Click the Optimization button on the Toolbar. The Optimization Wizard opens with the Payoff Definition active.
Make sure the Calibration radio button is selected.
In the Variable editing box, type in percent of US dwellings with electric power
(or use the Sel button to select it). In the Weight editing box, type in the number 0.25. Click on the button Add Editing.
In the Variable editing box, type in US population (or use the Sel button to select it). In the Weight editing box, type in the number 3E-7 ( 0.0000003).
The weights act to balance the numerical sizes of the different variables. Because the optimizer is only looking at pure numbers, variables with larger values are given more importance than those with smaller values. The numbers assigned to weights are based up both the confidence we have in the data, and the units of measurement. percent of US dwellings with electric power has values around 50 and a weight set to 0.25. US population, which has a number around 200 million, has a weight that is much smaller (30 / 100 million).(3)
Click on the button Add Editing. The Payoff Setup dialog should now look like the screen below.
Click Next to move to Optimization Control.
Setting Optimization Parameters
Once the payoff is defined, the Optimization Control needs to be set up. Optimization files have the extension .voc (Vensim optimization control) and by default have the same name as the model (e.g., electric.voc for this model). For this example, we will only enter the model parameters for the optimizer to vary, along with the (optional) maximum and minimum bounds for each parameter.
Click on the Select Constant... button and select conversion fraction. Type 0 in the minimum box (left hand box, <=), type 0.5 in the maximum box (right-most box, <=), then click on the button Add Editing.
Click on the Select Constant... button and select household addition rate. Type 0 in the minimum box (left hand box, <=), type 0.1 in the maximum box (right-most box, <=), then click on the button Add Editing.
Click on the Select Constant... button and select initial fraction electric. Type 0 in the minimum box (left hand box, <=), type 1 in the maximum box (right-most box, >=), then click on the button Add Editing.
Click on the Select Constant... button and select initial households. Type 0 in the minimum box (left hand box, <=), then click on the button Add Editing.
The Optimization Setup wizard should now look like:
Click on the Data Sources… button and choose the dataset electric.vdf. You can also simply type this name into the editing box.
Vensim will perform multiple simulations on the model to find the optimum Constant values in order to fit the output with the real world data. The results of the optimization are displayed in an Output window, as below:
Maximum payoff, or best fit of simulation output with real data, is displayed as a number, and the Constant values required to achieve that payoff are listed. The best fit is saved as the current simulation dataset (run2).
Extra information about the optimization, including the best-fit values of the constants is saved in a .out file of the same name as the run (here it is run2.out).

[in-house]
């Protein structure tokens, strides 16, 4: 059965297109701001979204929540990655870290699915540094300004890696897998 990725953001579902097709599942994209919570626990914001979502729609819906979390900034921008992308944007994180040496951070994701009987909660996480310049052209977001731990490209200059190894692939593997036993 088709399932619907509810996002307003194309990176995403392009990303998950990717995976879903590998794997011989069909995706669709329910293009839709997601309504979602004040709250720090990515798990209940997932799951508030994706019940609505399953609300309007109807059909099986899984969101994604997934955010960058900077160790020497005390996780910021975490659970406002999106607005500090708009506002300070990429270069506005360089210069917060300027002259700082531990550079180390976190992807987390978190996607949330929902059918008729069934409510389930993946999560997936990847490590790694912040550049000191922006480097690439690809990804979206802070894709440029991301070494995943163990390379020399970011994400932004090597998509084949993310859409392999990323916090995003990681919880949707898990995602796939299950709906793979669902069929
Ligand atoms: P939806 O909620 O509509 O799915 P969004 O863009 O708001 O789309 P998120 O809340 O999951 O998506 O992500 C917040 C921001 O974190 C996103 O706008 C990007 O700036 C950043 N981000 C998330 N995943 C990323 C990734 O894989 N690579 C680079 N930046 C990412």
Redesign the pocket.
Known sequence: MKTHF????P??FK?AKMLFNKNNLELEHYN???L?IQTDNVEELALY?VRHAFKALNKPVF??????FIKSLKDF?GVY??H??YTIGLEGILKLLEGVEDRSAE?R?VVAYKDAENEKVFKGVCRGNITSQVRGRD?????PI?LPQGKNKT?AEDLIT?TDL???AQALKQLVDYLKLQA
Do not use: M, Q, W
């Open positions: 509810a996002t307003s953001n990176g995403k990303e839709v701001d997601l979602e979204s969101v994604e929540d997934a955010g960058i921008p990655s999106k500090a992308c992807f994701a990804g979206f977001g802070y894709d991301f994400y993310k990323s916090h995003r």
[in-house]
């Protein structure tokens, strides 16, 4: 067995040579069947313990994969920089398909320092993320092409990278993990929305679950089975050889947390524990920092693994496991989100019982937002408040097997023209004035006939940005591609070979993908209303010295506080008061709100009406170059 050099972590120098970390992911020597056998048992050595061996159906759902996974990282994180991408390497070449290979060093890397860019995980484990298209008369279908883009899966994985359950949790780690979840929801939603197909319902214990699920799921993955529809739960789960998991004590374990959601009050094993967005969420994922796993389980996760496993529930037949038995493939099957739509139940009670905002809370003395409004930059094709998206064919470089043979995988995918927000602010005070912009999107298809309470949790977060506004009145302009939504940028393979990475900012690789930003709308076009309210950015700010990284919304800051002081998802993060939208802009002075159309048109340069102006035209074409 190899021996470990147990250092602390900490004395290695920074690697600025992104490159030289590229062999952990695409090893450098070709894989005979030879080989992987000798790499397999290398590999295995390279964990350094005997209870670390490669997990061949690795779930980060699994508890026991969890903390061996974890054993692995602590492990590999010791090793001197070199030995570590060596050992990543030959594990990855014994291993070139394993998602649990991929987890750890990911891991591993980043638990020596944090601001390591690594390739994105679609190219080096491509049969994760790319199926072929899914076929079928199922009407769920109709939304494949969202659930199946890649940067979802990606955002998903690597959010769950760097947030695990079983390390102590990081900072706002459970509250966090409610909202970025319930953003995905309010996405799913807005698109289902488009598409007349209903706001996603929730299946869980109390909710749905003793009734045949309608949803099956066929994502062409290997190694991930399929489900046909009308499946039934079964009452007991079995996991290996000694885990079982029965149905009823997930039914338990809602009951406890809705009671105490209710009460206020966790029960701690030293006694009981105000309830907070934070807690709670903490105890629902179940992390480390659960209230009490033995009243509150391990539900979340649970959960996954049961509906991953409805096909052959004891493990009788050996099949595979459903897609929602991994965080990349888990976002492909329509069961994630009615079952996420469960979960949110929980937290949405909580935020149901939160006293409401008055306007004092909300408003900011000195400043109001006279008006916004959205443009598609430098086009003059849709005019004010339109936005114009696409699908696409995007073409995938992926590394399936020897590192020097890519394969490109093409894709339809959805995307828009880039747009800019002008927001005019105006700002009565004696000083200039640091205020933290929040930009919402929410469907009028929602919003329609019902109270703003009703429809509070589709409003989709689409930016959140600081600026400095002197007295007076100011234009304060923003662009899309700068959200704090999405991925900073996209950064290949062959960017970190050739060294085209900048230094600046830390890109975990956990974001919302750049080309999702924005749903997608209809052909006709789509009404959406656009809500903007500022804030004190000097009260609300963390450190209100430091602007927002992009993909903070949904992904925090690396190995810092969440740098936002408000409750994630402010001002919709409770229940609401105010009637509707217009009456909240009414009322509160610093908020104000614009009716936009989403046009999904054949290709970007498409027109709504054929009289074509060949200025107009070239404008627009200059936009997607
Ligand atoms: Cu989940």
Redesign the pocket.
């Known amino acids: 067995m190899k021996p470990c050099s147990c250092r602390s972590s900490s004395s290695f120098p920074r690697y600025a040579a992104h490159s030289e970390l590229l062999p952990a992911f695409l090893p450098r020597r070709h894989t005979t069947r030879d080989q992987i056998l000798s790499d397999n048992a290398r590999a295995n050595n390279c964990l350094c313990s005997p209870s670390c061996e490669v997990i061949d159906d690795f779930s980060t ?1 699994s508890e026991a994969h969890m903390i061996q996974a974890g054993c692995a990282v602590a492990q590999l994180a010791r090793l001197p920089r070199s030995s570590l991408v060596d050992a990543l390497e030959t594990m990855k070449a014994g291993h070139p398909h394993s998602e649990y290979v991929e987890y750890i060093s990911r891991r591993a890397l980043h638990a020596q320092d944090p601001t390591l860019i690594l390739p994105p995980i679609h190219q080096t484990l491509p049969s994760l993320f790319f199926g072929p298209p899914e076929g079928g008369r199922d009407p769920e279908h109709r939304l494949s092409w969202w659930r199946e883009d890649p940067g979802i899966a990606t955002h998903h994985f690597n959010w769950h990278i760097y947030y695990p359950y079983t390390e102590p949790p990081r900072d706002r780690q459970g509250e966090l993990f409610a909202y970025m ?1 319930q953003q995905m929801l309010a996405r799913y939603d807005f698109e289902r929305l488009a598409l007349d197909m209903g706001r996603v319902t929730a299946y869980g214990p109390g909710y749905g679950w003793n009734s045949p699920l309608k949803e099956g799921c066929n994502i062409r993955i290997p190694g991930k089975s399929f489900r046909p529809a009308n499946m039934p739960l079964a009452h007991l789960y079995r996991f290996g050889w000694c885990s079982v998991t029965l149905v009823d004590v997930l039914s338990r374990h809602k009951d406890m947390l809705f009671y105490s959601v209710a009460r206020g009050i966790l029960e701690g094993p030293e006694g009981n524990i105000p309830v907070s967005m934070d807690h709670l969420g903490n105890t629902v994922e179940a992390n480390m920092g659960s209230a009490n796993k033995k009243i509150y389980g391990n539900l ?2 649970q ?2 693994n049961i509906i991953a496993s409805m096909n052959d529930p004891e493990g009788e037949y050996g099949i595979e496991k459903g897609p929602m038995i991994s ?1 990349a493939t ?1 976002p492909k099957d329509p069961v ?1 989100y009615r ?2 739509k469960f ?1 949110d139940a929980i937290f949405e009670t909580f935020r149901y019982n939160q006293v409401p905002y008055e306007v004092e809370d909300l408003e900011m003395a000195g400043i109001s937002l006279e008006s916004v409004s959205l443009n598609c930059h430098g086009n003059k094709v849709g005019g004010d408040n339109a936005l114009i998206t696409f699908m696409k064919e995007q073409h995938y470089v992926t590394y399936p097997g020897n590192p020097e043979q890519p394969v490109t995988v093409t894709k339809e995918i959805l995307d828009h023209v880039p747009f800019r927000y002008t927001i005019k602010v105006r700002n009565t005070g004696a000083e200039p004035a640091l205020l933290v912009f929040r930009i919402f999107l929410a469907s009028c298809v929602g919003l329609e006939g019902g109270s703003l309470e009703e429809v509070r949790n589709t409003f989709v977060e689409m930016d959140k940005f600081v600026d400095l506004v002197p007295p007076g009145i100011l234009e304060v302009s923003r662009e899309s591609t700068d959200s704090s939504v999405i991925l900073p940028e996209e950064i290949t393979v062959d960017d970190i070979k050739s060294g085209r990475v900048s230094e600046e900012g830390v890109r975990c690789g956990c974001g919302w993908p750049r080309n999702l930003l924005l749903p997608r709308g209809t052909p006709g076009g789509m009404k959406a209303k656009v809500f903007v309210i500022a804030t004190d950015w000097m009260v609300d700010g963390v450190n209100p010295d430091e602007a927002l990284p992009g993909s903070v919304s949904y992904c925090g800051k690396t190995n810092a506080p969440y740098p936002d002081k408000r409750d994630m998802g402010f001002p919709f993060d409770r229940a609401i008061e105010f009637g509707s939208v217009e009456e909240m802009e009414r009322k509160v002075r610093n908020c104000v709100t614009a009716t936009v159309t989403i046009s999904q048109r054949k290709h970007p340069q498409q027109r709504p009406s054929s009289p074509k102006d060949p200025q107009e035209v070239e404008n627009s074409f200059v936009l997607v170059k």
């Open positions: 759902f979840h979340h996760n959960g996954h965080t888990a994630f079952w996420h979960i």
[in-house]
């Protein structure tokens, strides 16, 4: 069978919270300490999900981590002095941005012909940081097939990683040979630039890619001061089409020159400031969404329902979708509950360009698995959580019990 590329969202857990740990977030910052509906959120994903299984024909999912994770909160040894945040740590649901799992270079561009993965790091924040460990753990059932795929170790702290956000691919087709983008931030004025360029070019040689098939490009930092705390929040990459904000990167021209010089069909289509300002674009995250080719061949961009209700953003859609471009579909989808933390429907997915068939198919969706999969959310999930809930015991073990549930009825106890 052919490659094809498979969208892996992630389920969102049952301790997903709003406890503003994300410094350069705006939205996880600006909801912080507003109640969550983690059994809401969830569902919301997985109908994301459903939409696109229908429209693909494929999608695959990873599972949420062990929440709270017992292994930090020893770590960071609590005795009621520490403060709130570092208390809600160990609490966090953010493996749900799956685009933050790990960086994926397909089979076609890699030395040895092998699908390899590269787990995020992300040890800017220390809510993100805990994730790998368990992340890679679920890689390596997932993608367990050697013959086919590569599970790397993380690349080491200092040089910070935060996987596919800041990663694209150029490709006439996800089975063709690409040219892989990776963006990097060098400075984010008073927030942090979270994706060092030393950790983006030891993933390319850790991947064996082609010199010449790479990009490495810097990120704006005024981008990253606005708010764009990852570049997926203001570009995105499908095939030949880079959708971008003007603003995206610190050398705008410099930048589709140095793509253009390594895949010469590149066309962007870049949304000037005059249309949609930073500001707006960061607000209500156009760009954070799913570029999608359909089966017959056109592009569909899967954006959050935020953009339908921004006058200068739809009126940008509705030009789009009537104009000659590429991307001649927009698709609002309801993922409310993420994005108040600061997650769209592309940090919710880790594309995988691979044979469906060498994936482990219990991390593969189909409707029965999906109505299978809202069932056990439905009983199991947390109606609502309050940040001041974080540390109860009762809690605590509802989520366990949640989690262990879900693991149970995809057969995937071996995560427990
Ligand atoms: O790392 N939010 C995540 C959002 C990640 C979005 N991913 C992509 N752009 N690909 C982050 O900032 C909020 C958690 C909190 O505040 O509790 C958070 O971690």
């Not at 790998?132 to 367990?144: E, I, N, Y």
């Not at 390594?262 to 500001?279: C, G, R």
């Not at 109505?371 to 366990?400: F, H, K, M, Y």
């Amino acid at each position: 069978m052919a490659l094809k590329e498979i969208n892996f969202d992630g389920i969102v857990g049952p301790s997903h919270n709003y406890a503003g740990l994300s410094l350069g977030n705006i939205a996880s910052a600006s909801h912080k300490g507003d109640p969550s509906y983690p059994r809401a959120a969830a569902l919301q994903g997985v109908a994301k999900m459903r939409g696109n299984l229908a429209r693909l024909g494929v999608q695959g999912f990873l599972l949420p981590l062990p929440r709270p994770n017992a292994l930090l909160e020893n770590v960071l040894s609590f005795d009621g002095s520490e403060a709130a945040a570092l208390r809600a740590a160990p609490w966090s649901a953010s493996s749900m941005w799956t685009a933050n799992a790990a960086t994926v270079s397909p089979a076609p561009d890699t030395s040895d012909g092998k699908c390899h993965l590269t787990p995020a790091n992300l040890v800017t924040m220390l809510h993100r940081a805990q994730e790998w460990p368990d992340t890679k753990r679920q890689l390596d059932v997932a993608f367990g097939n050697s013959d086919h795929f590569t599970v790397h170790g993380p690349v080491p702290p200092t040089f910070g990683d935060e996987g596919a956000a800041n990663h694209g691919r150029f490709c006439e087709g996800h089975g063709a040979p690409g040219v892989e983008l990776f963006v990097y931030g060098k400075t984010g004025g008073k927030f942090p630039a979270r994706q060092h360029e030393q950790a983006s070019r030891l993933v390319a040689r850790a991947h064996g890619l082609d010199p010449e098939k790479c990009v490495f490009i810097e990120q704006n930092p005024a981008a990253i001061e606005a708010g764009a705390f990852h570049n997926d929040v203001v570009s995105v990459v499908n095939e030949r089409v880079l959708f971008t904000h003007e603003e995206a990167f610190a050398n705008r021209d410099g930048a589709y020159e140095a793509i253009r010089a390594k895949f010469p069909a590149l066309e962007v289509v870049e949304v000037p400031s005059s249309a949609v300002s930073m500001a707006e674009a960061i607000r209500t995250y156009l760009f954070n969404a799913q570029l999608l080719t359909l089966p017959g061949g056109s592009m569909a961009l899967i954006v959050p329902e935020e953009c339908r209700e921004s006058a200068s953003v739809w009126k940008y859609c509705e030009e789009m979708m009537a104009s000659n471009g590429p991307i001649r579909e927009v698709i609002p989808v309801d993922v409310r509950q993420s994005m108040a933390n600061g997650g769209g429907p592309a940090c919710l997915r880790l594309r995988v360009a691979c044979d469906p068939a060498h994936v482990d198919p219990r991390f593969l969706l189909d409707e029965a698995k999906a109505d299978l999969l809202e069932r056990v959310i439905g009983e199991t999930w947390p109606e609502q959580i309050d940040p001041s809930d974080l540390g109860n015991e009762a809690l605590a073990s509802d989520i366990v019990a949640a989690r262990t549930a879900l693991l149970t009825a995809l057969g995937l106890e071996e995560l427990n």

Double click on percent of US dwellings with electric power if it is not selected as the Workbench Variable.
Click on the Graph tool. You should see the three datasets, run1, run2, and electric, displaying lines for percent of US dwellings with electric power.
The simulation run2 has a much closer fit to electric than does run1, our first attempt.
Computing Confidence Bounds
The Constant values found during optimization have some uncertainty around them and we can get a better handle on that uncertainty by testing the sensitivity of the payoff around the optimum. For this particular problem we have chosen weights so that the default payoff value sensitivity will give 95% confidence bounds. We will also use the Simulation Control to manage the optimization.
Click on the Simulation Control button on the Toolbar.
Type a new run name such as run3.
Click on the Advanced tab.
Click on Ed... to the right of Optimization Control.
The Sensitivity is set to Off. Click on the dropdown arrow to the right and select Payoff Value. Enter the value 4 in the box after the = sign. (Payoff Value = 4). Click on OK.
Click on the Changes tab. In the Load Changes From field type run2.out.
The output of an optimization is designed so that it can be read as a constants input file. This will allow the optimizer to start from the value found in the last optimization.
Click on the Optimize button.
When the optimization is finished use the menu File>Edit File... to open the file sensitiv.tab.
This file contains information on the 95% confidence bounds for the parameter estimates. These should look something like:
0.00526005 <= CONVERSION FRACTION = 0.00551817 <= 0.00579413
0.0128454 <= HOUSEHOLD ADDITION RATE =0.0133057 <= 0.0137479
0.0483586 <= INITIAL FRACTION ELECTRIC =0.0553119 <= 0.0632539
1.94407e+007 <= INITIAL HOUSEHOLDS = 1.98387e+007 <= 2.02301e+007
Select File>Close to close sensitiv.tab.